(Mitford series book 1) It’s easy to feel at home in Mitford. In these high, green hills, the air is pure, the village is charming, and the people are generally lovable. Yet, Father Tim, the bachelor rector, wants something more. Enter a dog the size of a sofa who moves in and won’t go away. Add an attractive neighbor who begins wearing a path through the hedge. Now, stir in a lovable but unloved boy, a mystifying jewel theft, and a secret that’s sixty years old. Suddenly, Father Tim gets more than he bargained for. And readers get a rich comedy about ordinary people and their ordinary lives.
This early novel by Barbara Pym captures the charm and folly of English middle-class life. The two title characters share a devoted friendship based on memories of Oxford school days, poetry and their neighbors’ private affairs- all discussed over leisurely lunches. And they share a common goal: finding a suitable mate for Prudence.
The Reading Group follows the trials and tribulations of a group of women who meet regularly to read and discuss books.Over the course of a year, each of these women become intertwined, both in the books they read and within each other’s lives. Inspired by a shared desire for conversation, a good book and a glass of wine-Clare, Harriet, Nicole, Polly, and Susan undergo startling revelations and transformations despite their differences in background, age and respective dilemmas. What starts as a reading group gradually evolves into a forum where the women may express their views through the books they read and grow to become increasingly more open as the bonds of friendship cement.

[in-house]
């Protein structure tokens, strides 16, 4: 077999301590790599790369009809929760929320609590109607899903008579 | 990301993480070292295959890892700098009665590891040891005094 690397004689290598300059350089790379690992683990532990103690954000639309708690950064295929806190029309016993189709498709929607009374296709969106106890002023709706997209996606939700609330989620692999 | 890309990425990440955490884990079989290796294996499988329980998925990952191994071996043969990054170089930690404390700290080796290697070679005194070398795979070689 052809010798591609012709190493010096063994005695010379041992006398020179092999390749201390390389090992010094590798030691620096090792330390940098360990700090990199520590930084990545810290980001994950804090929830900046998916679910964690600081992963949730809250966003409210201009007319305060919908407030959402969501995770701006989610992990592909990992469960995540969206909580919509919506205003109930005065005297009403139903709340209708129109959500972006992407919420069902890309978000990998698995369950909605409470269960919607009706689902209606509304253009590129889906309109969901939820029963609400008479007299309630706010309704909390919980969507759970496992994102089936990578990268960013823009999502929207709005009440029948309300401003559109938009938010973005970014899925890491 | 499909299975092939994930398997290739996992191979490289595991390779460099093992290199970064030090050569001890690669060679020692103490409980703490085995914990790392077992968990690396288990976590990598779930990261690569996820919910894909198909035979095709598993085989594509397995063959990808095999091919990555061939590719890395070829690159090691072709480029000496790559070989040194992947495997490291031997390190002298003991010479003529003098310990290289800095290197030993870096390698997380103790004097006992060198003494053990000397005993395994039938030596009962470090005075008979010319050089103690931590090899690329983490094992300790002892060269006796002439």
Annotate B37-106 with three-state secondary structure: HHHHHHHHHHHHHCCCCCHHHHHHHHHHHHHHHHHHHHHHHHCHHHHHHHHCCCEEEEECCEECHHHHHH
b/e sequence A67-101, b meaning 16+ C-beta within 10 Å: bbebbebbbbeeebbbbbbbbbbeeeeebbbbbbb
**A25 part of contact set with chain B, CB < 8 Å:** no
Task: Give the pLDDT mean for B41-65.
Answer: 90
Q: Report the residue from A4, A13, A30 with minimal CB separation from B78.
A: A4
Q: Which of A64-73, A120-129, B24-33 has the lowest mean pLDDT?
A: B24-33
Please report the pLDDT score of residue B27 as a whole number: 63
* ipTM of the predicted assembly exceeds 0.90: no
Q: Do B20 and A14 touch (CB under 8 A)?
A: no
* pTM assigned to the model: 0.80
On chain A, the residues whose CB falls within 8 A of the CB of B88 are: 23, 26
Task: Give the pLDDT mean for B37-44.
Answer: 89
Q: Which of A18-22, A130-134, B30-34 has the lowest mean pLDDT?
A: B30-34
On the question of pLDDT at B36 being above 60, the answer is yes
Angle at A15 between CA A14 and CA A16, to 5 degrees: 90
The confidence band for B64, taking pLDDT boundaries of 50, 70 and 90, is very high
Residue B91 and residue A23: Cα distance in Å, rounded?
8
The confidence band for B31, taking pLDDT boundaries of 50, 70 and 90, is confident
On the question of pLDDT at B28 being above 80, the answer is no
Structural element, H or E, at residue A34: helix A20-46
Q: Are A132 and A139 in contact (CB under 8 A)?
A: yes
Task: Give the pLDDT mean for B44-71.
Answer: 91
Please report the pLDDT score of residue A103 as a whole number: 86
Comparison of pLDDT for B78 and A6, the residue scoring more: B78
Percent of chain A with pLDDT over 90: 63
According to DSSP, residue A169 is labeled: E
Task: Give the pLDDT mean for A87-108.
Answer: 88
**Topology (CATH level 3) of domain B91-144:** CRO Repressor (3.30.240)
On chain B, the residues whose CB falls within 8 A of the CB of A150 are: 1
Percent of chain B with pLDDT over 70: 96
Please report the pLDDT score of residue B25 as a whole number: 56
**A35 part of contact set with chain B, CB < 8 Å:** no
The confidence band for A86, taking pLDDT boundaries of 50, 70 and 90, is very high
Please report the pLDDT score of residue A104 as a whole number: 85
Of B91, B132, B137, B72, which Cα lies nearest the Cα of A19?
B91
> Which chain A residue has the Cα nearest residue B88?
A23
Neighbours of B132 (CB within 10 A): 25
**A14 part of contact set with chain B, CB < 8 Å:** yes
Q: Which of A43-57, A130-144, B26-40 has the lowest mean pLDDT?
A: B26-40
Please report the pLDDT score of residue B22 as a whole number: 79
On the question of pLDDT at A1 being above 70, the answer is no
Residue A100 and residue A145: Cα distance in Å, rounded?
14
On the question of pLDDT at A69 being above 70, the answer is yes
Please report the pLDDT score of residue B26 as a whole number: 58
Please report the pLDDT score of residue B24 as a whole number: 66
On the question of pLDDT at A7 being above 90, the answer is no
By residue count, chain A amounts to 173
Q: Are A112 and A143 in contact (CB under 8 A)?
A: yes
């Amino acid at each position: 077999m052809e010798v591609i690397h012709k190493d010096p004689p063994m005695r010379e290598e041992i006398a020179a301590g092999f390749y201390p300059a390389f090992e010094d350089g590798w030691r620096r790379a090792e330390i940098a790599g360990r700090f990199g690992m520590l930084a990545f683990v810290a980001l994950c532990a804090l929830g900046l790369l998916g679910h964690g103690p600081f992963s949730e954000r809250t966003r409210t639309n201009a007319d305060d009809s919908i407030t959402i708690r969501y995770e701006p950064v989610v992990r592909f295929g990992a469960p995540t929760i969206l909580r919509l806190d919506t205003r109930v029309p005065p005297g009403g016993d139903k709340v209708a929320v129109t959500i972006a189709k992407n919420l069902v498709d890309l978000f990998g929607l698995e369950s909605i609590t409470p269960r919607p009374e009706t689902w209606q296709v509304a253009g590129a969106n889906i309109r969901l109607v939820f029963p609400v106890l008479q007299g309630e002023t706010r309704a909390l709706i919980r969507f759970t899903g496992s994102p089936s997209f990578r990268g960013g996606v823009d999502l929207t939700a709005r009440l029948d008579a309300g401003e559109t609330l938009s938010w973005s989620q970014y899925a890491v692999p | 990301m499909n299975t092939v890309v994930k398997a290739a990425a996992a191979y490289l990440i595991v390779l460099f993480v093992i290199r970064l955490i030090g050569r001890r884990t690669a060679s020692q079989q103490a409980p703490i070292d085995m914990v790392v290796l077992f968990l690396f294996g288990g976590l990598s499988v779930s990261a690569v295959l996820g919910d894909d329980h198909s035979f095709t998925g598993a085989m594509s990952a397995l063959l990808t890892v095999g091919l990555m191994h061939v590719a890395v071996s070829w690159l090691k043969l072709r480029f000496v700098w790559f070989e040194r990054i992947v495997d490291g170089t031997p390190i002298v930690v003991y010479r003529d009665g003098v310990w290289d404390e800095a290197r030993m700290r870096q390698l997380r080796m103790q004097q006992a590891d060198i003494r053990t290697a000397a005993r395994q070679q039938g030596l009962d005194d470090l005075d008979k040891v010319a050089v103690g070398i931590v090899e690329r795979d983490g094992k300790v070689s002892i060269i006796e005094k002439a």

Pretty, unworldly Sophia is twenty-one and hastily married to a young painter called Charles. An artist’s model with an eccentric collection of pets, she is ill-equipped to cope with the bohemian London of the 1930s, where poverty, babies (however much loved) and husband conspire to torment her. Hoping to add some spice to her life, Sophia takes up with Peregrine, a dismal, ageing critic, but comes to regret her marriage and her affair alike. However, virtue is more than its own reward, for repentance brings an abrupt end to the cycle of unsold pictures, unpaid bills and unwashed dishes. Barbara Comyns’ classic novel blends comedy and tragedy in an unforgettable, bewitching tale.